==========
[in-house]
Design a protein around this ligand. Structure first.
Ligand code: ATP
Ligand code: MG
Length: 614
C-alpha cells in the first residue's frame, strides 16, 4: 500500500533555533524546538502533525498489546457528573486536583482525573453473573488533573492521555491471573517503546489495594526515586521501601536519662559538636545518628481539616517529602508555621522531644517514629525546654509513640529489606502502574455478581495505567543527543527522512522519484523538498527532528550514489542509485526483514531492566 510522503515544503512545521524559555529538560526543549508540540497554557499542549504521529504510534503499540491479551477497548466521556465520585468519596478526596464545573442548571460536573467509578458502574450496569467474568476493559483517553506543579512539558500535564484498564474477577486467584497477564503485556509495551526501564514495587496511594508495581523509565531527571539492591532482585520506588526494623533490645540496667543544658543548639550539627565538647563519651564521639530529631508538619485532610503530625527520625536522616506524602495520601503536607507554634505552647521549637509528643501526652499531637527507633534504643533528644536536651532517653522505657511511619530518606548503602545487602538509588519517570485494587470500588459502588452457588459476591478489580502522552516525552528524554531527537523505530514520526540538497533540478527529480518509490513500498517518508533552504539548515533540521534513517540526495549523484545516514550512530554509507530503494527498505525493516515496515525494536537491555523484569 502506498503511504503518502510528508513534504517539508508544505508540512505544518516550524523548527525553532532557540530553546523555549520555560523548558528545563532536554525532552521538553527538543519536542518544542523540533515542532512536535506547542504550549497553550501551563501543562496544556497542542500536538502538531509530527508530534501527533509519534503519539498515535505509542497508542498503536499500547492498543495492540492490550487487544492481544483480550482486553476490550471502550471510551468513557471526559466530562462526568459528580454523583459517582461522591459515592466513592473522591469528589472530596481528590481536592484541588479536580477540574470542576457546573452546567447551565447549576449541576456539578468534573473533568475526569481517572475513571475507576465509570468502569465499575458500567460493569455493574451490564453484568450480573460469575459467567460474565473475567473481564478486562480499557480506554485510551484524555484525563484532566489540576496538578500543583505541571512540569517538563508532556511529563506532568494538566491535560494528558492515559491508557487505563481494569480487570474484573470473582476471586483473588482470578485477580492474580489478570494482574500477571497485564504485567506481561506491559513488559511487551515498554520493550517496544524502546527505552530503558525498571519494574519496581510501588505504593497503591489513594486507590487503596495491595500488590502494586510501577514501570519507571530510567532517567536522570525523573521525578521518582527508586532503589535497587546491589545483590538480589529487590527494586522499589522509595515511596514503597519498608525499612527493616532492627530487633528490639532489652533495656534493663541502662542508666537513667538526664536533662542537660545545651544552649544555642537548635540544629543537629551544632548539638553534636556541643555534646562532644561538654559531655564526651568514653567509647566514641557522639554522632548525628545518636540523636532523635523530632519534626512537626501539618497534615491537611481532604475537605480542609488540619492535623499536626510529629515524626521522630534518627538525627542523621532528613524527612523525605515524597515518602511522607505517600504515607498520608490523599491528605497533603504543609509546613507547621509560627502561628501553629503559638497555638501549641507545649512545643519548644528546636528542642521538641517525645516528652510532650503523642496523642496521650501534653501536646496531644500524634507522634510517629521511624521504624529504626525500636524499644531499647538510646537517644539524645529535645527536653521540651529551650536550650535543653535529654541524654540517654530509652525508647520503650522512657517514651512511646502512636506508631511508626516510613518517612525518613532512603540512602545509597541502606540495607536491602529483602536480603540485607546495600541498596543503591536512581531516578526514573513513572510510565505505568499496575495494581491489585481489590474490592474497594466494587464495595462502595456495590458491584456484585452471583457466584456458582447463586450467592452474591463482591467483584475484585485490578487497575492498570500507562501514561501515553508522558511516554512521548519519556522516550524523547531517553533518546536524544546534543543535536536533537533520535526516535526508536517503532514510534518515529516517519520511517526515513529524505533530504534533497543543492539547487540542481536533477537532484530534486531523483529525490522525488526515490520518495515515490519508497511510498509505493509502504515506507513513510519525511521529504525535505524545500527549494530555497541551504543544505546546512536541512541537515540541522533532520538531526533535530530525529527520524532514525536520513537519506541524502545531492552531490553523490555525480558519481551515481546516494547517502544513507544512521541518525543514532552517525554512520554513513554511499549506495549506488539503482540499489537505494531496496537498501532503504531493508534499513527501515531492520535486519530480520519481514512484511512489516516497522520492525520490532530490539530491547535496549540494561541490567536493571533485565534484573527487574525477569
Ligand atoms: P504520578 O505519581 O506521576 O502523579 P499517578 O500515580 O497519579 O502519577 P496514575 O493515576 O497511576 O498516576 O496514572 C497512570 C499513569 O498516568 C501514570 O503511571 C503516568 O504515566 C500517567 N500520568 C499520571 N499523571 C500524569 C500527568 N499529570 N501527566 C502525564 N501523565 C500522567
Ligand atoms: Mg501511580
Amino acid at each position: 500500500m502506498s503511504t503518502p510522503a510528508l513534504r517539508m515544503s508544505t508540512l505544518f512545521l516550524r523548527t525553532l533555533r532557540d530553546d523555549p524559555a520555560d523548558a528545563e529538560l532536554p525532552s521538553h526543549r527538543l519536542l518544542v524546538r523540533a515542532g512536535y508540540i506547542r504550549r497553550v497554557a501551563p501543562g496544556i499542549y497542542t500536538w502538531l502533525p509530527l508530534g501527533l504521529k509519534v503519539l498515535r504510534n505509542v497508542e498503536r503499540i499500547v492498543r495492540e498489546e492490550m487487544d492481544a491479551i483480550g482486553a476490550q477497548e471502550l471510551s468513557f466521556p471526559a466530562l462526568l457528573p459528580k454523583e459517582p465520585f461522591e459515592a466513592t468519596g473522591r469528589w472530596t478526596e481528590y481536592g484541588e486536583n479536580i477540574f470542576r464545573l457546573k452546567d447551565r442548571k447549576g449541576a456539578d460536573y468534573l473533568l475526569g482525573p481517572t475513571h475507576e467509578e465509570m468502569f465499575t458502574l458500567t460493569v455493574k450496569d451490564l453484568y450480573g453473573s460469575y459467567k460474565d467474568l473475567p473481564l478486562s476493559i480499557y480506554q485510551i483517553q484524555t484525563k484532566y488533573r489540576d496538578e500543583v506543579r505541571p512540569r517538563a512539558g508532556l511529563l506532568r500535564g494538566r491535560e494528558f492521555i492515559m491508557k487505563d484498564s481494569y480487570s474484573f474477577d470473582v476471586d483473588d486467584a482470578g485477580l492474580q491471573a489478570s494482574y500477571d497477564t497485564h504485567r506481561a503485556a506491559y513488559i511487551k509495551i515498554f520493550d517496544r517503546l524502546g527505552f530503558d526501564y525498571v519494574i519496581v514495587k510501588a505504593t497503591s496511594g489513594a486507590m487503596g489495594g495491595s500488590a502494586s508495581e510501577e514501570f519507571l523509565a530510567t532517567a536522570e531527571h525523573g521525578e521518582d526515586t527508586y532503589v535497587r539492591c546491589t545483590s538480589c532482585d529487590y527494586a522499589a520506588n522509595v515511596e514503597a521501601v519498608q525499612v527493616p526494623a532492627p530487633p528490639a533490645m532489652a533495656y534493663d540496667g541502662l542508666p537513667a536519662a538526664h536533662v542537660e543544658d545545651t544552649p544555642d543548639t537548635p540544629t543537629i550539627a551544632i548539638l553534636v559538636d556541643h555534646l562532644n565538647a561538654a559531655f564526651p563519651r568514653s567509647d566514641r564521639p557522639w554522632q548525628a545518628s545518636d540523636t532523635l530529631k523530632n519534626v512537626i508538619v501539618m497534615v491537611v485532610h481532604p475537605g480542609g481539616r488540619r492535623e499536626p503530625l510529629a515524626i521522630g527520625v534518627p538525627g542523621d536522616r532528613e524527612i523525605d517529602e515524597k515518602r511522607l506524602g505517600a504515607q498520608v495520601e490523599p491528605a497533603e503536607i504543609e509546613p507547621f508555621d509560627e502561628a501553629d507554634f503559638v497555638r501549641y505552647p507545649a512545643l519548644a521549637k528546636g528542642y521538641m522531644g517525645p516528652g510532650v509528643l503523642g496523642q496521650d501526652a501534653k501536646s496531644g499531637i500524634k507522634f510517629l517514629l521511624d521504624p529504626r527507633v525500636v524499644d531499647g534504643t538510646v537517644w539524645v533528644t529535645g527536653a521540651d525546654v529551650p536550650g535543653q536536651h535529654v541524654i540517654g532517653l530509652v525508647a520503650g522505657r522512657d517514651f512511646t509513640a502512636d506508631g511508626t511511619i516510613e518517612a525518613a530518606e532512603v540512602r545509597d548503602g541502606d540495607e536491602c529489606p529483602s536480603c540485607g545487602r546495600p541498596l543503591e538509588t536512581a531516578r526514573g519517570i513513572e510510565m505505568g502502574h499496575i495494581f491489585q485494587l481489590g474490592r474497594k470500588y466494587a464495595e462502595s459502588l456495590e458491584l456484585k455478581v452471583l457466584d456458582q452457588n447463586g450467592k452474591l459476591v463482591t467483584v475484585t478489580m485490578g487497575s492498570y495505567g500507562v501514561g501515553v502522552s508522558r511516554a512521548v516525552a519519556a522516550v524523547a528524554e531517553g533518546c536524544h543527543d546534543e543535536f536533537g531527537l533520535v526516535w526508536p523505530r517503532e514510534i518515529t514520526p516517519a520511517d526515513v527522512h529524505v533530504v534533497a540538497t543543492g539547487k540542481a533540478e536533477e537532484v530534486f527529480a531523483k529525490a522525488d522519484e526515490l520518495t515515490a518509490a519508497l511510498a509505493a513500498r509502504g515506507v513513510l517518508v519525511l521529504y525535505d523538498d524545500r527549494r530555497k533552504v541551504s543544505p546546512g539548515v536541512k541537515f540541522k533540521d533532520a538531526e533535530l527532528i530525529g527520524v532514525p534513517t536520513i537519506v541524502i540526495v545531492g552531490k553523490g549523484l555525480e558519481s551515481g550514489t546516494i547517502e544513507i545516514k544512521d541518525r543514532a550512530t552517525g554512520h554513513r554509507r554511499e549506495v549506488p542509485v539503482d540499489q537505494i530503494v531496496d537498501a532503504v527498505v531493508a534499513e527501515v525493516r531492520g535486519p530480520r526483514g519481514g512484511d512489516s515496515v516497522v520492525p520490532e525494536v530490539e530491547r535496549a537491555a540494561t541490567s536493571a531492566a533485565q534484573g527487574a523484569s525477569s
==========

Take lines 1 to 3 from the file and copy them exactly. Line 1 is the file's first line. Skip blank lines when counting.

[in-house]
Design a protein around this ligand. Structure first.
Ligand code: ATP